Neuroanesthesia in an Awake Patient in a University Hospital in Latin America: Case Report
The anesthetic technique for tumors resection that affect extensive motor areas with an awakened patient, poses a challenge for surgical teams. The advancement in neuroimaging and the incursion of neuronavigation as a surgical tool, allow reducing motor sequelae and extending the safety margins in the resection of these types of tumors.
The case report of a 25-year-old patient with a 6 by 5 cm glioma, 5 cm successfully resected under anesthesia with awake patient and neuronavigation techniques is presented. The Global Deterioration Scale (GDS-FAST) after three years of the procedure indicates a very mild cognitive deficit.
The use of neuronavigation under anesthesia with fully awake patient becomes the best therapeutic alternative in the approach of tumors that compromise the eloquent areas allowing establishing safe margins for tumor resection and significantly reducing subsequent neurological sequelae.
Anesthesia, Awake neurosurgery, Motor cortex, Neurosurgical procedures
Intraoperative or neuronavigational brain mapping aims to help with surgical resection of brain tumors, reducing the risk of functional sequelae. Retrospective randomised studies on large populations have shown that this technique can optimize surgical approach while reducing postoperative morbidity . The resection of tumors within or near eloquent motor areas, in particular the precentral convolution, always implies a compromise between the extension of the resection and the preservation of the motor function. Especially in gliomas, surgical reduction of the tumor significantly affects survival and therefore should be as wide as possible .
One of the dilemmas of brain tumor surgery in the eloquent cortex is the way to obtain benefits for the patient in terms of prolonged survival, maintenance or even improvement of function, quality of life and at the same time not to run the risk of new neurological deficits [3,4]. The craniotomy with the awake patient is a functional-focus neurosurgery where the anesthesiologist should keep the patient conscious and collaborator to allow his specific neurological evaluation, offering him a conscious sedation and analgesia for his comfort without altering neurological monitoring and maintaining control of hemodynamics, brain physiology, ventilation and airway . As the debate continues on the advantages of regional anesthesia versus general anesthesia for many forms of surgery, there is an increasing number of indications in intracranial surgery for the patient to be awake during part or all of the operation [1,6,7]. The traditional indication for craniotomy with awake patient has been the surgery of the epilepsy since the seventeenth century  and in particular the temporal lobectomy where the excision can invade the eloquent cortical areas eloquent (motor areas and of the language). Arteriovenous tumors or malformations are surgeries where the lesion may compromise speech, motor function, sensory or visual cortex, which requires intraoperative functional tests or cortical mapping and therefore the need for the patient to be awake .
The most common anesthesiological approach has been local anesthesia . This approach allows patients to be kept in an awake and cooperative state in order to decrease false negative results during stimulation of language areas. Anesthesia is then usually provided using a combination of local anesthesia (local infiltration and regional blockade) and Intravenously (IV) with medications to provide sedation, anxiolysis, and supplemental analgesia during long procedures . Propofol allows a rapid induction and has little effect on the respiratory function of the patient with spontaneous respiration. Pain control can be achieved by scalp block or local infiltration for the implantation of deep brain electrodes. In addition, low doses of remifentanil are recommended for trepanation (i.e., tumor or epilepsy surgery). The nasopharyngeal airway can be. Adequate antiemetic prophylaxis is required to protect the patient from vomiting .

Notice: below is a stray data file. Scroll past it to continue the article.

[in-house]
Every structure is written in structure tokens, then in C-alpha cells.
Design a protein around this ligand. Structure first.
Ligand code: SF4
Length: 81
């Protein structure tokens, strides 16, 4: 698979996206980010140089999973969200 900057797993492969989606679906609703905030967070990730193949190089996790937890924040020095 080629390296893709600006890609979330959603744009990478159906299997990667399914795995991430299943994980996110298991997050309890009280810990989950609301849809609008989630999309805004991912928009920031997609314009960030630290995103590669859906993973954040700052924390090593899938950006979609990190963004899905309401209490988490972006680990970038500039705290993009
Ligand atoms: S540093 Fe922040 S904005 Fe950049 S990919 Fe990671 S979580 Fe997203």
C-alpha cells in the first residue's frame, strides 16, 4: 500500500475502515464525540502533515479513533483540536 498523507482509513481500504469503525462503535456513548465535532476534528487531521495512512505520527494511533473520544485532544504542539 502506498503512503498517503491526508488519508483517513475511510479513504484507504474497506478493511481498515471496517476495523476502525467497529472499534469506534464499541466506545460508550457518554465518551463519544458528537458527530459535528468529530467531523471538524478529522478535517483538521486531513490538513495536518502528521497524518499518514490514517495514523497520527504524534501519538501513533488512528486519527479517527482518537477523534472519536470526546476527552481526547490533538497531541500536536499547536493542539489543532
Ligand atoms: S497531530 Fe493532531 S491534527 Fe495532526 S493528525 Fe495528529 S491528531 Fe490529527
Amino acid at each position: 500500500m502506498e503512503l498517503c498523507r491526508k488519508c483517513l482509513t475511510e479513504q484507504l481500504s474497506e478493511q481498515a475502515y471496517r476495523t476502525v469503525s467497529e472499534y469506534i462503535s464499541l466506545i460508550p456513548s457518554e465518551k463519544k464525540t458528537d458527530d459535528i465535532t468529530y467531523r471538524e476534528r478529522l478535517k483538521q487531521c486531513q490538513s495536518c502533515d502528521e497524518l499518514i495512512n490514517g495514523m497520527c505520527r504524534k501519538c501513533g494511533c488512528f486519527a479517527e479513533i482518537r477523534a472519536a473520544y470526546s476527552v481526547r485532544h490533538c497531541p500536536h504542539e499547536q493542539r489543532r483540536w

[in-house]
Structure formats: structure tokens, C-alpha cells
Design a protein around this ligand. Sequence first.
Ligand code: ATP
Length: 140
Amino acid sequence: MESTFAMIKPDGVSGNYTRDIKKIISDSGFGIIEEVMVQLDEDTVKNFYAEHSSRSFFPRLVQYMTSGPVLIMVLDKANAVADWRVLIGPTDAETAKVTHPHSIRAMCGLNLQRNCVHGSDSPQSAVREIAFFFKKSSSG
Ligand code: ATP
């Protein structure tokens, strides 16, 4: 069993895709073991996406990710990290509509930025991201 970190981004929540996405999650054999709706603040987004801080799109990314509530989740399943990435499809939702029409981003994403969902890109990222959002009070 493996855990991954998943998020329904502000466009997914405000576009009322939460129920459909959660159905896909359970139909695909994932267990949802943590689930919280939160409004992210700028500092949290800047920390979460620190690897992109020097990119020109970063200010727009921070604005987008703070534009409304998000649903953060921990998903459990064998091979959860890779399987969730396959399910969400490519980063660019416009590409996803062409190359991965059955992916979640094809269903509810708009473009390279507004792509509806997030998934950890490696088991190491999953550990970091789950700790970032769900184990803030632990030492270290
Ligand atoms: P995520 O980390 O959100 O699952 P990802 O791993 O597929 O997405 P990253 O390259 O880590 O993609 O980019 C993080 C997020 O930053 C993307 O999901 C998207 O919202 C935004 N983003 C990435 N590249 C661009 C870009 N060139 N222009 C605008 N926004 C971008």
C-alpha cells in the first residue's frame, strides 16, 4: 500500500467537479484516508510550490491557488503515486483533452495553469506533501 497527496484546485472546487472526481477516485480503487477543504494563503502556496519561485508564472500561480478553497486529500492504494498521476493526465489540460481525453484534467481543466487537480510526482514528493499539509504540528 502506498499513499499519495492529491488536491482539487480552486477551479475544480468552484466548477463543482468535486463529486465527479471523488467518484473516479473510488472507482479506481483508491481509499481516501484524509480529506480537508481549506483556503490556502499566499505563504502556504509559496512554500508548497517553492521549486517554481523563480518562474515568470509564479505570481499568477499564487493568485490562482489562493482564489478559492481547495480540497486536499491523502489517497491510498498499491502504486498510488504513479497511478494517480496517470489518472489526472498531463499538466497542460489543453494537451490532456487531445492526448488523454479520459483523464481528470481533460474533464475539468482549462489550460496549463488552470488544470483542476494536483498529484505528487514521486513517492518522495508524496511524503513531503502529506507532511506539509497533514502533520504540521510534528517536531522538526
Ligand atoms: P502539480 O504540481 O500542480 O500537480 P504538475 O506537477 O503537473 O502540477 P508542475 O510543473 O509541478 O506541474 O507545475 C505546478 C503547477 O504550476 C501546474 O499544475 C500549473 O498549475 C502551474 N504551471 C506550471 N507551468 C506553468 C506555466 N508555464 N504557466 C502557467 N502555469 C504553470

A 25-year-old male patient, who presented with sudden frontal pulsatile headache followed by generalized clonic tonic convulsion with postictal recovery. On physical examination patient was alert, conscious, with 15/15 in Glasgow scale, without motor or sensory deficit. He was brought to the ER, a month later presenting new convulsive episode of the same characteristics to the previous one. A simple brain tomography shows evidence of a lesion extending into motor area (Figure 1). The tumor size was 37 × 28 mm and slight local compressive effect. Such patient benefits from surgery by neuronavigation while awake due to the risk of postoperative motor sequelae.
Description of Anesthetic and Surgical Technique
The patient is 25 years of age and without comorbidity so it is classified as ASA 1. Anesthetic technique is performed with a fully awake patient with the help of local anesthetics and continuous infusion by means of a remifentanil and dexmedetomidine pump. At his entrance he was supplied with ringer lactate. He is monitored with electrocardiographic shunt DII, left radial arterial line, bladder probe, thermometer in the sternal region and is administered oxygen by cannula at 3 liters/minute.
Prophylaxis of Ranitidine 50 mgs, ondansetron 8 mgs, dexamethasone 8 mgs, diclofenac 75 mgs, phenytoin 750 mgs in infusion for 30 minutes, desmopressin 15 mgs, 30 minutes before incision and prophylactic antibiotic is given intravenously. A continuous infusion of dexmedetomidine at the rate of 0.5 mcg/kg for 15 minutes followed by 0.1 to 0.2 mcg/kg/hour accompanied by remifentanil to 0.05 mcg/kg/min by adjusting the infusion by pump to as needed. Once the proper sedation has been achieved, scalp block is performed by blocking the supraorbital, supratrochlear, zygomatic-temporal and auricular-temporal (Figure 2). In the posterior region the major occipital nerves, minor occipital and retroauricular nerve were blocked.